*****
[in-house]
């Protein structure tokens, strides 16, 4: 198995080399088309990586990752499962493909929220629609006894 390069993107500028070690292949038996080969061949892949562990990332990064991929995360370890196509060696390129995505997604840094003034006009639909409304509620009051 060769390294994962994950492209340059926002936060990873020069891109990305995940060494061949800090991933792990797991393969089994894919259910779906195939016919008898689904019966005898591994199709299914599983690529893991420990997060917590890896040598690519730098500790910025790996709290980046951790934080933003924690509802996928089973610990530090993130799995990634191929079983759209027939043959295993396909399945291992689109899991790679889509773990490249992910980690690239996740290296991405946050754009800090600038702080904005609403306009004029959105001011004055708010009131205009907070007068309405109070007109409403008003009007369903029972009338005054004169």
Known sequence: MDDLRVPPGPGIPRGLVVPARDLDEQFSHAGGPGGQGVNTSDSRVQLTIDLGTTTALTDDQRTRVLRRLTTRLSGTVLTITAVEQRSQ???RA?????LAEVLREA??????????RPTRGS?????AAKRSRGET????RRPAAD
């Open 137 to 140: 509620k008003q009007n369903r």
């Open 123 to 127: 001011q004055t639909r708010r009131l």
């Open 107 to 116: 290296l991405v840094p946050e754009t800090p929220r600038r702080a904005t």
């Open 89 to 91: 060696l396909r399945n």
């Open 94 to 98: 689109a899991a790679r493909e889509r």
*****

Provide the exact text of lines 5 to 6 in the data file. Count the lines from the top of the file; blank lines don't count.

């Open 123 to 127: 001011q004055t639909r708010r009131l």
């Open 107 to 116: 290296l991405v840094p946050e754009t800090p929220r600038r702080a904005t």